DHHS awarded Community Options, founded in 2023 to provide residential and employment support services to individuals with disabilities living in Nashua and local areas, a total of $3.2 million in funding for 2024 and 2025.   

Under its contact, Community Options is to purchase no fewer than 12 existing homes at locations in New Hampshire, as approved by DHHS to house a minimum of 32 individuals.  Housing sizes may vary depending on the availability of housing stock.  Community Options is to be reimbursed for a portion of the housing acquisition costs, as well as personnel, supplies, training, and other costs necessary to place the housing units in service.

Justin Parker of 26 Vandora Drive said his understanding is the company is looking to buy another 20 properties.  Parker didn’t say whether that is in Manchester or includes other New Hampshire towns or cities.

Residents along Vandora Drive recounted several incidents of the man, whose name is “Corey,” walking into their homes.  The neighborhood has been a safe and quiet one.  Residents routinely leave doors unlocked, particularly in the summer when children are outside playing, but some are now considering changing to keyless locks with passcodes because of the repeated intrusions.

Parker, the father of a newborn, said the disabled man tried to get into his home on Sunday, June 2.  The man’s caregivers yelled for them to lock their doors, which they did, preventing him from getting inside.

Gauthier said another time, the man was outside a police officer’s home on Robert Hall Road and peeled off his clothes until he was buck naked.

On Saturday, June 1, 2024, the Crear family went for a walk and when they returned between 7:45 and 8 p.m., they saw “Corey” struggling with two of his caregivers.  Crear said Corey never wants to go back into the house.

The family stayed outside to watch so they could call police if the caregivers were assaulted.  “He’s walloped the caregivers a couple of times,” Crear said.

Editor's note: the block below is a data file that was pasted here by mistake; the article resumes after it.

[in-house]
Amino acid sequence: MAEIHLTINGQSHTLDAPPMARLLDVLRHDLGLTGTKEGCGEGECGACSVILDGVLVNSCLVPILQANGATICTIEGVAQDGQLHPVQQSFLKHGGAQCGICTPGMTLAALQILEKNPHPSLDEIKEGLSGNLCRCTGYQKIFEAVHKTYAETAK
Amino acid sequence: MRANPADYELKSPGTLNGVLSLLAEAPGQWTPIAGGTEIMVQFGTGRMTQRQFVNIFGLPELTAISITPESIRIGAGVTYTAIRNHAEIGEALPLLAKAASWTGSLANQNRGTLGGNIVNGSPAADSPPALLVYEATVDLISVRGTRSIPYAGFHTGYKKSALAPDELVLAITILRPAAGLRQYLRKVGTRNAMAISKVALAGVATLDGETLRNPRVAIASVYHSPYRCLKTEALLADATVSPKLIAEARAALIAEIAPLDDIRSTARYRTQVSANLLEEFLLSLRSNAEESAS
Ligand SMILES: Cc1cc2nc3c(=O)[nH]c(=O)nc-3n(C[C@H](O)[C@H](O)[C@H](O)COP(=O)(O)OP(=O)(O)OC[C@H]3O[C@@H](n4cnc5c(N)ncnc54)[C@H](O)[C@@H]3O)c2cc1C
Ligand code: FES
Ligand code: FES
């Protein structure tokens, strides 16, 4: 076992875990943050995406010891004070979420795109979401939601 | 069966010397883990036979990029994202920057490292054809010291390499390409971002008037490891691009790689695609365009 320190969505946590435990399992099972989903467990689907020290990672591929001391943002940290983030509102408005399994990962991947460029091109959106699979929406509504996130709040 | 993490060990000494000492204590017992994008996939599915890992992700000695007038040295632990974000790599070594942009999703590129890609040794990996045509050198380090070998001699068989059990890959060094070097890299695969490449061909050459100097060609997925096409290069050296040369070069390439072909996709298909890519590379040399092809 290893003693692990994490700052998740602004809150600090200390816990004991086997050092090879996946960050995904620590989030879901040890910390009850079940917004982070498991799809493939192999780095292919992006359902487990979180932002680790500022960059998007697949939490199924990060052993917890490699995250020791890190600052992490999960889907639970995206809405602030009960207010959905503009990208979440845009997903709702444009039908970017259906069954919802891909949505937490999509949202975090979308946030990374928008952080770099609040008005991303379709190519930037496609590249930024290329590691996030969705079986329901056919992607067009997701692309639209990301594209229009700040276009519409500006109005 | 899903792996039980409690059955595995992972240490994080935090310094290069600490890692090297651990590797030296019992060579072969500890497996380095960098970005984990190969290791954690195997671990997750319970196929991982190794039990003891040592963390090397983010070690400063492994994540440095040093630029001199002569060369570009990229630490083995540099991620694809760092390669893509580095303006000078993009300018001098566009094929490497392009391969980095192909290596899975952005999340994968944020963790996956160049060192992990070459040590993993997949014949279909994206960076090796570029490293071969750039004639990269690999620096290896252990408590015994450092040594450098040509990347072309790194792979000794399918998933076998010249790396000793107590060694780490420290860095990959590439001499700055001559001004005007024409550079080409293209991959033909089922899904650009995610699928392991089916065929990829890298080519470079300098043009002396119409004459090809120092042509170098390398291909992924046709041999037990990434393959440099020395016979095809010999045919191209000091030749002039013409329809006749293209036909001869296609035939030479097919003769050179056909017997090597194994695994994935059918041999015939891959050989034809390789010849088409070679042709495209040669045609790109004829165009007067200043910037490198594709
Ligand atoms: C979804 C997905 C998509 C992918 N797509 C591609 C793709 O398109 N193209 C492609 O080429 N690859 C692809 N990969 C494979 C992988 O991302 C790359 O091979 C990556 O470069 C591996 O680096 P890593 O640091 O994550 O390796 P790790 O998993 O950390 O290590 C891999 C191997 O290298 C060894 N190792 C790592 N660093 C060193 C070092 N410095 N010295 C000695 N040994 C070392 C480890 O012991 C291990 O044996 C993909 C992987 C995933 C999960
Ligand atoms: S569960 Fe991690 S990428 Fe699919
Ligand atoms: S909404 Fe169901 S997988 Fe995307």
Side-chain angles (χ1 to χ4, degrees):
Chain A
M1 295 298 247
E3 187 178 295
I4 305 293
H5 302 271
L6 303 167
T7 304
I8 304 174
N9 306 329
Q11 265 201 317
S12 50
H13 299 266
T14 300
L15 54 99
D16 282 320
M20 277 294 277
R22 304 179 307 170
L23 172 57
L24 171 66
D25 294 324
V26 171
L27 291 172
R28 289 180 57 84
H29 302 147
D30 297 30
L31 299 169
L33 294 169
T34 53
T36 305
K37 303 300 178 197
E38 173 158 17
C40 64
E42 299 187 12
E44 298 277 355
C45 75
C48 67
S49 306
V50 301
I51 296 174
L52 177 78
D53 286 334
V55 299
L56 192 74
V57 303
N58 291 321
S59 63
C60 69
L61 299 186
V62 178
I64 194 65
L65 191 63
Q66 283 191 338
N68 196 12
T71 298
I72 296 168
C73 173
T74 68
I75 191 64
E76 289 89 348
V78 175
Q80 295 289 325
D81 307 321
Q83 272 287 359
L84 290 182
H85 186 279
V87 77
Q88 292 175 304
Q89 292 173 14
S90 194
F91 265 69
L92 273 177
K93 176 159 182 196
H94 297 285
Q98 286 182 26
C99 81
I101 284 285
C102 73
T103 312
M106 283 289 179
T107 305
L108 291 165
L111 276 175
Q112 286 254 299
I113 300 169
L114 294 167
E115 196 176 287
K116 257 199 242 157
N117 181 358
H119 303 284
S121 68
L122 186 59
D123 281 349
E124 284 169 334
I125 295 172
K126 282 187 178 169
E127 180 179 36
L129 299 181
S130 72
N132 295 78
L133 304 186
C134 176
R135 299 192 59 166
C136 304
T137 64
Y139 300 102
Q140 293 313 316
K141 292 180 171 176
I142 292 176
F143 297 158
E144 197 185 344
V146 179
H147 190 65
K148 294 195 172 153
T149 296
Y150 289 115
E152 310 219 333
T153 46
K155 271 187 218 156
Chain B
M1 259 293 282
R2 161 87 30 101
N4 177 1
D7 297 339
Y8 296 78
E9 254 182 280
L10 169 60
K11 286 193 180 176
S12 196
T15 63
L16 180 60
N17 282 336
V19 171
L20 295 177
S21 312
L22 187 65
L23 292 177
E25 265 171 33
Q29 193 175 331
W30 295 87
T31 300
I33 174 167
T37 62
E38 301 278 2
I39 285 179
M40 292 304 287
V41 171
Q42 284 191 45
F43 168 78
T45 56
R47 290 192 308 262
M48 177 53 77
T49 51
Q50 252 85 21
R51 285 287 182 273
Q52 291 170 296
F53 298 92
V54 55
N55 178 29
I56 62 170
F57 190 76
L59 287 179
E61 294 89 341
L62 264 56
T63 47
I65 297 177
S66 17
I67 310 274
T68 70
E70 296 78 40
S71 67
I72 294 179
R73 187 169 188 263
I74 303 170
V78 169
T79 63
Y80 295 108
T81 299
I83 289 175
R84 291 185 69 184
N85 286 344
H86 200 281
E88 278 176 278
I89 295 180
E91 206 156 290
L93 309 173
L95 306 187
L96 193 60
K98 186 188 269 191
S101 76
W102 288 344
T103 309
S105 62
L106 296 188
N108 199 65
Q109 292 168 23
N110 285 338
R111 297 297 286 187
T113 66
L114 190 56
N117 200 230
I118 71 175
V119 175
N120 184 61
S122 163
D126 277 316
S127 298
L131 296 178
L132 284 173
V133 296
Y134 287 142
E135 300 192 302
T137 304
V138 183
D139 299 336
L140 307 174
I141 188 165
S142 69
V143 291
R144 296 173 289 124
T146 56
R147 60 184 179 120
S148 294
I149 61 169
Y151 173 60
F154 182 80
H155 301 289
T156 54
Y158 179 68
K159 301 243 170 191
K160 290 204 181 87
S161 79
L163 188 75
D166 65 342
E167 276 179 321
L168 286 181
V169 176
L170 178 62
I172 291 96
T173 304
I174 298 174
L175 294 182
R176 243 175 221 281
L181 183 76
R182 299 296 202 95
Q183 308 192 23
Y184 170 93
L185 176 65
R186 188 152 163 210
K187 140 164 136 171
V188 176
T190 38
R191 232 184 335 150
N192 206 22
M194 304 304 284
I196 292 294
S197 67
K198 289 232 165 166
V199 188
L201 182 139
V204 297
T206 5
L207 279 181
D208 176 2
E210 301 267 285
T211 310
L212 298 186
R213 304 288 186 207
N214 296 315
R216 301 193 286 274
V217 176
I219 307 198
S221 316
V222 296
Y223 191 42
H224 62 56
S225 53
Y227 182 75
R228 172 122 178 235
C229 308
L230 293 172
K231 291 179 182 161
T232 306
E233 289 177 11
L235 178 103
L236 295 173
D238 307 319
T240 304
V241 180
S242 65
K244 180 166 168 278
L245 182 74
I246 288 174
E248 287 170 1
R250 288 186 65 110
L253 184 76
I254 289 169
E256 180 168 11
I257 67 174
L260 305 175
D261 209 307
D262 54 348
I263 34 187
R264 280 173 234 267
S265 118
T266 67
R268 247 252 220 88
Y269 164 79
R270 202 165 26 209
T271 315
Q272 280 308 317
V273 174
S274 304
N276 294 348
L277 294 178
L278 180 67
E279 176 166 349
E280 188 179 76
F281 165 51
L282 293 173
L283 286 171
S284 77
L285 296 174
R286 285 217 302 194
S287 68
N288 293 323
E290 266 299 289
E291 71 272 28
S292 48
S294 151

Later, he learned from a neighbor, Ron Rousseau, that while the family was out for their walk, Corey had entered their home.  Crear said nothing appeared to be disturbed and if his neighbor hadn’t told him, he would never had known anyone had been inside his home.

“We can’t have this with children in the neighborhood,” Crear said.

What is happening in the neighborhood became public when Rousseau spoke about the problem before a meeting of the Board of Mayor and Aldermen on Tuesday, June 4.

“This person is wreaking havoc in the neighborhood,” Rousseau, who resides at 78 Vandora Drive, told the aldermen.   He said Community Options placed a special needs person, diagnosed with autism on a low functioning scale, who is violent in their neighborhood. 

 “There’s a lot of kids in the neighborhood and this kid is violent,” Rousseau told the aldermen. “We have him on a ring camera and he is hitting his worker.  I don’t know how somebody can walk into a neighborhood and place somebody with special needs there without any regulation.”

He said police were called 17 times about this man and now, he said, they refuse to come back. Other neighbors said officers said they will respond when it is a call to involuntarily commit the man to the state hospital.